Tuesday, 22 July 2014

Interpol team begins identifying victims of flight MH17 crash

International police agency Interpol said on Tuesday one of its teams had started identifying victims of the Malaysia Airlines MH 17 flight that crashed over Ukraine last week.

"The remains of victims recovered so far were labelled and numbered before being transported in refrigerated freight wagons from Donetsk to the designated centre of operations in Kharkiv where the Interpol Incident Response Team, along with other international disaster victim identification teams in place, will carry out preliminary examinations," the Lyon, France-based agency said in a statement.

"Members of INTERPOL’s Incident Response Team (IRT) in Kharkiv, Ukraine have started the disaster victim identification (DVI) process following the crash of Malaysia Airlines flight MH 17.

The remains of victims recovered so far were labelled and numbered before being transported in refrigerated freight wagons from Donetsk to the designated centre of operations in Kharkiv where the INTERPOL IRT, along with other international DVI teams in place, will carry out preliminary examinations.

The 10-strong IRT is currently comprised of three Dutch DVI specialists, one of whom is the IRT leader, four INTERPOL officials, a Brazilian forensics expert and current chair of the INTERPOL DVI Steering Group and representatives from Europol and the International Commission on Missing Persons (ICMP).

Once the preliminary examinations are completed, is it expected that the victims will be transported to the Netherlands where the full DVI process will be carried out in accordance with INTERPOL standards.

The IRT is also liaising closely with a dedicated crisis cell within INTERPOL’s Command and Coordination Centre (CCC) at the General Secretariat headquarters to coordinate with other member countries with DVI expertise for further specialist deployment as required.

Offers of assistance to deploy additional DVI experts have currently been received from 13 INTERPOL member countries. Member countries which lost citizens in the MH 17 crash will also be requested to gather and send ante-mortem data to the CCC in order for the victims to be identified as quickly as possible in order for them to be returned to their families"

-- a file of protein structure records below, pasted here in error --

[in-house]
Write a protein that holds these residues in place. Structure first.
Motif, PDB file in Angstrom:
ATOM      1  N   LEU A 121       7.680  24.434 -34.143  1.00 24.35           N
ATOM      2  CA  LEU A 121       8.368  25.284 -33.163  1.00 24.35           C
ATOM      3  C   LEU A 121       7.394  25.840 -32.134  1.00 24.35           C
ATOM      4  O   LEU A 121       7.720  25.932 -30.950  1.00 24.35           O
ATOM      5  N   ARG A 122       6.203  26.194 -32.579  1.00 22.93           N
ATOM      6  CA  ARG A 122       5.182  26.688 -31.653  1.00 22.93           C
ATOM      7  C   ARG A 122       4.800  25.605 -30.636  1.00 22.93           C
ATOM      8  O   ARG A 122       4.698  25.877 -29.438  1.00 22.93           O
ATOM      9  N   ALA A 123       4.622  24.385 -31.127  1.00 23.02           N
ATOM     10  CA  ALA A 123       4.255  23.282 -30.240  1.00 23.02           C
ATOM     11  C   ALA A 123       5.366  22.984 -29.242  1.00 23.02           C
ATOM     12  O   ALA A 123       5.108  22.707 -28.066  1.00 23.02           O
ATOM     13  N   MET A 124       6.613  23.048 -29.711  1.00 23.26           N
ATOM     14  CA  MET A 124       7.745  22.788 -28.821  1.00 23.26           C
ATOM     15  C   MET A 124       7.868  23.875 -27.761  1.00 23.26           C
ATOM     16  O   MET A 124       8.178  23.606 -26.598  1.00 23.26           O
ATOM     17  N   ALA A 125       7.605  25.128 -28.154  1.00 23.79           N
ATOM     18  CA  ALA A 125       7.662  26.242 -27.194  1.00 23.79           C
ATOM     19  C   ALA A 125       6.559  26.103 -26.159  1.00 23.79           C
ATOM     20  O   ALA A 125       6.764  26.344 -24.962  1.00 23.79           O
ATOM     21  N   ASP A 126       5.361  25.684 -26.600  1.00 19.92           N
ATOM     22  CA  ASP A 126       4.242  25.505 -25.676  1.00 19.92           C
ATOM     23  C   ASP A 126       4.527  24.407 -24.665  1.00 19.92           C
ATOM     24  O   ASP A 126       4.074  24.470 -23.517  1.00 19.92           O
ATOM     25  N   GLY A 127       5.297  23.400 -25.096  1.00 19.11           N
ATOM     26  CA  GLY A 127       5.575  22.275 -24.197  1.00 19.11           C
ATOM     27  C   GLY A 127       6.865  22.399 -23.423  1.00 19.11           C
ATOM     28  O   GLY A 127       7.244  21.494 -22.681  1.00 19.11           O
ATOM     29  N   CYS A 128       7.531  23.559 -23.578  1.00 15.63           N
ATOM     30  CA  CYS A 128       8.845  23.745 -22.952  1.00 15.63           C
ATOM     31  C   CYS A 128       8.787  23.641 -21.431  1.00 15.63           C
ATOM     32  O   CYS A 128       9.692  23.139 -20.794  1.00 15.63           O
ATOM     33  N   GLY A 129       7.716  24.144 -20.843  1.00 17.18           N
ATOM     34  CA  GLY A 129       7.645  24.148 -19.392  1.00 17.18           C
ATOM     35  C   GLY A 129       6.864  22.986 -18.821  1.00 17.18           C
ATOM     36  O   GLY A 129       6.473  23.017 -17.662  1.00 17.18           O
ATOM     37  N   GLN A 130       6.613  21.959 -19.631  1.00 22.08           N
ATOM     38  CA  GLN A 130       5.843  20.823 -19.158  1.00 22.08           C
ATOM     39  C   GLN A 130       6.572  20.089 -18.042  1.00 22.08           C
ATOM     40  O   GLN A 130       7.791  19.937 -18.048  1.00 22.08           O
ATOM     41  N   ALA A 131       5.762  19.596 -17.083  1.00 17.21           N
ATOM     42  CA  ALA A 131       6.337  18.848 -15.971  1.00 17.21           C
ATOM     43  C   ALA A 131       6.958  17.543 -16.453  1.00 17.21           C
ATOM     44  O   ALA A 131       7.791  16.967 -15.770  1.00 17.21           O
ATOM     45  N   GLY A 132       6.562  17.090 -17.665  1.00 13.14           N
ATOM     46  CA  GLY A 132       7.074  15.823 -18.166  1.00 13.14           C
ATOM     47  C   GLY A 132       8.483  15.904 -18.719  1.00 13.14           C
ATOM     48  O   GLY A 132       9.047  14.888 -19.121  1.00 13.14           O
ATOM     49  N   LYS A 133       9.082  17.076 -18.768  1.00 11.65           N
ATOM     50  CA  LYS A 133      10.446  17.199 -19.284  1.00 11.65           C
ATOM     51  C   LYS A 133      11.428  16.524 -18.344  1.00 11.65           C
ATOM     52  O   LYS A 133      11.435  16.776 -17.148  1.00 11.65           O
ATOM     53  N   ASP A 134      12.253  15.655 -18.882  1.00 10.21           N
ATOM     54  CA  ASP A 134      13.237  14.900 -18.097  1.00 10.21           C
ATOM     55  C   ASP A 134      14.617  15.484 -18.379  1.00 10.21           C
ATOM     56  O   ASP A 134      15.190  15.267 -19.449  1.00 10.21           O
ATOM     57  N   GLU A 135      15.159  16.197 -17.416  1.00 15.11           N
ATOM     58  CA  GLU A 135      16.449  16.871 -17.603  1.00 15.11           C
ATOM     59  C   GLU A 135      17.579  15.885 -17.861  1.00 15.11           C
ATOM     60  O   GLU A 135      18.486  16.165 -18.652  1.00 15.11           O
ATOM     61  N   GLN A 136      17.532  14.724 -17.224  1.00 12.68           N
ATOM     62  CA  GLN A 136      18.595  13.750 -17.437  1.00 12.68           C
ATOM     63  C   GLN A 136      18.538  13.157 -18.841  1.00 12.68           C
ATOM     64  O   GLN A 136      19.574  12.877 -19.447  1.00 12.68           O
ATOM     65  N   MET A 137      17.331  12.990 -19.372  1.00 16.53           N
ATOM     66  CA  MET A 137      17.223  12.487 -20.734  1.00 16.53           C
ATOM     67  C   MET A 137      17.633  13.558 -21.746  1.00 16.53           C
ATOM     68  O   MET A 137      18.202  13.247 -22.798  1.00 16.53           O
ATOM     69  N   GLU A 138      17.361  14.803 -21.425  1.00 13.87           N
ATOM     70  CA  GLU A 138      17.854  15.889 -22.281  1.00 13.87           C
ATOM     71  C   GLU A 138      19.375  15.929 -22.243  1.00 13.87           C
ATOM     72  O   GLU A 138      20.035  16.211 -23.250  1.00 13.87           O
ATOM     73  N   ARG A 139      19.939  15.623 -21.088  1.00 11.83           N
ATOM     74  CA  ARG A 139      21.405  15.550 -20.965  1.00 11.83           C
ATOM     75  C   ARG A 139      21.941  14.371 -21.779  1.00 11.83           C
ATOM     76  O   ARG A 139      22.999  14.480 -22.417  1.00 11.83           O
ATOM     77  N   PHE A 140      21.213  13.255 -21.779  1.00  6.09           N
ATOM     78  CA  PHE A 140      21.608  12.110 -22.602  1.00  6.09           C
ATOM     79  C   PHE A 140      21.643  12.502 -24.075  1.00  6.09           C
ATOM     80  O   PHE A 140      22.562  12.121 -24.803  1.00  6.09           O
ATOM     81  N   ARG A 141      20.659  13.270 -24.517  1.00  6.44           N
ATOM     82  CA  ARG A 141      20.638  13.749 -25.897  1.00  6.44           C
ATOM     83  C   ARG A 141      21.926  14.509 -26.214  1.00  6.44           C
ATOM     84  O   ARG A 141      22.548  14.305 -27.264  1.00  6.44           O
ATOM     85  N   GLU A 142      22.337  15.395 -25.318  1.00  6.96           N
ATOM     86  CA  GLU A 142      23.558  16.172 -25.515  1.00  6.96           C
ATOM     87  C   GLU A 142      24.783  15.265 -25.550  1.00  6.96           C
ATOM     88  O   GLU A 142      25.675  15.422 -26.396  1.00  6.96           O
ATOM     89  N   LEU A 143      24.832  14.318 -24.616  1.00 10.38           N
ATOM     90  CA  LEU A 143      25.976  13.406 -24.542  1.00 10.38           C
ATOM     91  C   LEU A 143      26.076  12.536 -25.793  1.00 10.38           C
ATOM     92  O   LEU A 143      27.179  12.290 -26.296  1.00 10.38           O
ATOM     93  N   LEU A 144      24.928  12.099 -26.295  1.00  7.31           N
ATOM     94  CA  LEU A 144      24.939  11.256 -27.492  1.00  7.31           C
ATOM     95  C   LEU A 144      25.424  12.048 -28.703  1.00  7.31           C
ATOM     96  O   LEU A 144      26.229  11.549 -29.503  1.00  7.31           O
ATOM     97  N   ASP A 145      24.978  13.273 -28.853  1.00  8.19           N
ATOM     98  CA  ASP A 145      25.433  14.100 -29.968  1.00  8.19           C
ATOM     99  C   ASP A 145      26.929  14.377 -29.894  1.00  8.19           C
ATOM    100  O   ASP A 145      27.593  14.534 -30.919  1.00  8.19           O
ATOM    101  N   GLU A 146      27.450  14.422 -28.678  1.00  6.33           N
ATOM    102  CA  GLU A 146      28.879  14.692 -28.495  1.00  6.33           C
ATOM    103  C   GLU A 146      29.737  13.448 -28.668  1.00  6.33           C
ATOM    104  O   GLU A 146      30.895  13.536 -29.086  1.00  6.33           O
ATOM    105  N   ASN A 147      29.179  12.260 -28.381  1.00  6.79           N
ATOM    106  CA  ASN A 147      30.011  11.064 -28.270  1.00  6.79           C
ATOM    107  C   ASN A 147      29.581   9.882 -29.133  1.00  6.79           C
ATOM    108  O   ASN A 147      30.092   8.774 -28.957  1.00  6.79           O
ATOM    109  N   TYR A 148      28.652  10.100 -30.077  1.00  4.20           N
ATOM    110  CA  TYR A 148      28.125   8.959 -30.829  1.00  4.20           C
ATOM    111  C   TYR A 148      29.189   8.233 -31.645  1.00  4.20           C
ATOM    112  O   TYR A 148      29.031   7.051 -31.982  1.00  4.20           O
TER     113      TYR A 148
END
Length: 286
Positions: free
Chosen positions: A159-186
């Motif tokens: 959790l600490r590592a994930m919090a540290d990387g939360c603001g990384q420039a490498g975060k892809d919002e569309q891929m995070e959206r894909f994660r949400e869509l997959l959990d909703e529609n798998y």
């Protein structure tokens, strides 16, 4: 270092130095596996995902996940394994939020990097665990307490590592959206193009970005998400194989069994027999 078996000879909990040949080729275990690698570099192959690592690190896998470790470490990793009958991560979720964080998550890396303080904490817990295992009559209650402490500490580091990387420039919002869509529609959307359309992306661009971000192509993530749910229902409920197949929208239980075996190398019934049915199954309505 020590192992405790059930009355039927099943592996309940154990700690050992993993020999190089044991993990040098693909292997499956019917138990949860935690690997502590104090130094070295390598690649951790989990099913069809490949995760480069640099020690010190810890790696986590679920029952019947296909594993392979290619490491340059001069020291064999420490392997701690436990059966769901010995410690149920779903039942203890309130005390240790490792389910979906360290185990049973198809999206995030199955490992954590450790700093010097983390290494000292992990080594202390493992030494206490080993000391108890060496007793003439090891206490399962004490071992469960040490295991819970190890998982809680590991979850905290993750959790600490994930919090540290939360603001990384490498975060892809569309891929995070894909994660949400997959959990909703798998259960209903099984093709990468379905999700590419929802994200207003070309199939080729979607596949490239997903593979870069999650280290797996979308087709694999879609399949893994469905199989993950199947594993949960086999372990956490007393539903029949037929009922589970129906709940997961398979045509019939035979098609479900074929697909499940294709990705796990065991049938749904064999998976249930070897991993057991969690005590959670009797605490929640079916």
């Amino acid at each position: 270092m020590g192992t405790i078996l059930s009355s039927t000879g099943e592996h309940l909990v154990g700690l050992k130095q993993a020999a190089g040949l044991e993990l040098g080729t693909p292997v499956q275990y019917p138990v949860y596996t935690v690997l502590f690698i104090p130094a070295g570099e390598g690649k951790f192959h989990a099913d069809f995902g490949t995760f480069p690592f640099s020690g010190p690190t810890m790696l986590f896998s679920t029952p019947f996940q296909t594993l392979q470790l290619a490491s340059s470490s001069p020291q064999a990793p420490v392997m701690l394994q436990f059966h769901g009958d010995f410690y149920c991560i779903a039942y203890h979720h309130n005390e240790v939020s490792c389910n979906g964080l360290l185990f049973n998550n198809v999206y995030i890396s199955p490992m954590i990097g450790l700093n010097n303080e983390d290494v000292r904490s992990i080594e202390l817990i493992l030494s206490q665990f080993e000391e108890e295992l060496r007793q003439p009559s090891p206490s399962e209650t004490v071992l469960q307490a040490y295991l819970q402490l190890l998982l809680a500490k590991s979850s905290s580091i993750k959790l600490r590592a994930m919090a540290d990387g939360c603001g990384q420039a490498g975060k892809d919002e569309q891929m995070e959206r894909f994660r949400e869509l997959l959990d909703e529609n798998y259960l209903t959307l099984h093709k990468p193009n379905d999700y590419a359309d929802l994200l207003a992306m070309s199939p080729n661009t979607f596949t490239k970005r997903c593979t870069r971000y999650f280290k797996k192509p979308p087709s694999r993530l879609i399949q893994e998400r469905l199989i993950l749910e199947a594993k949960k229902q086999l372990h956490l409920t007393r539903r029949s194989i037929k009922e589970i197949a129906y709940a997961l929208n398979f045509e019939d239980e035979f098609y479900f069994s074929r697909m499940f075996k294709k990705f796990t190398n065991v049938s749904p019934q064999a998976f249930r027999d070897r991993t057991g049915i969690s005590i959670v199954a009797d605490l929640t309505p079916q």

Russia said it was also ready to join ICAO-led international experts who are investigating the plane crash.

The remains, which were earlier moved out of territory held by pro-Russian rebels, are due to be flown from the city of Kharkiv to the Netherlands.

The head of the Dutch forensics team, Jain Tuinder, has revealed that the train which arrived in Kharkiv earlier on Tuesday contained 200 bodies - significantly less than that claimed by separatist leader Alexander Borodai.

Mr Tuinder said investigators would have to go back to the crash site to carry out another search.

"We will not leave until every remain has left this country so we will have to go on and bargain again with the people over there," he told journalists in Kharkiv on Tuesday evening.

Monitors from the Organization for Security and Co-operation in Europe examining the wreckage found that major pieces of the plane had been cut into and that large parts now looked different.

Countries directly affected by the disaster, such as the Netherlands, Australia, and the UK, have been concerned that the crash site was not properly sealed off, with the risk that valuable evidence could be put at risk.

Earlier on Tuesday, British Prime Minister David Cameron said that Britain has agreed to a Dutch request for air accident investigators to retrieve data from the black boxes of the Malaysia Airlines plane that was downed over Ukraine with the loss of 298 lives.

The two boxes may shed light on Western claims that flight MH17 was shot down with a Russian surface-to-air missile fired from an area controlled by Russian-backed separatists in eastern Ukraine.

"We've agreed Dutch request for air accident investigators at Farnborough to retrieve data from MH17 black boxes for international analysis," Cameron said on Twitter.

The UK Air Accidents Investigation Branch (AAIB), based in Farnborough, southern England, is part of the Department for Transport and is responsible for the investigation of civil aircraft accidents and serious incidents.

Earlier on Tuesday, bodies of those killed in the Malaysia Airlines crash reached Ukrainian government-controlled territory.

As Western leaders increasingly pointed the finger of blame at pro-Russian separatists, and Moscow itself, over the shooting down of a Malaysia Airlines plane in eastern Ukraine, the government in Kuala Lumpur said little.

The reasons for that reticence - which had drawn criticism at home - became clear on Tuesday, when Malaysian Prime Minister Najib Razak announced shortly after midnight that his government had negotiated the release of the remains of nearly 300 victims of Flight MH17 from separatist-held territory.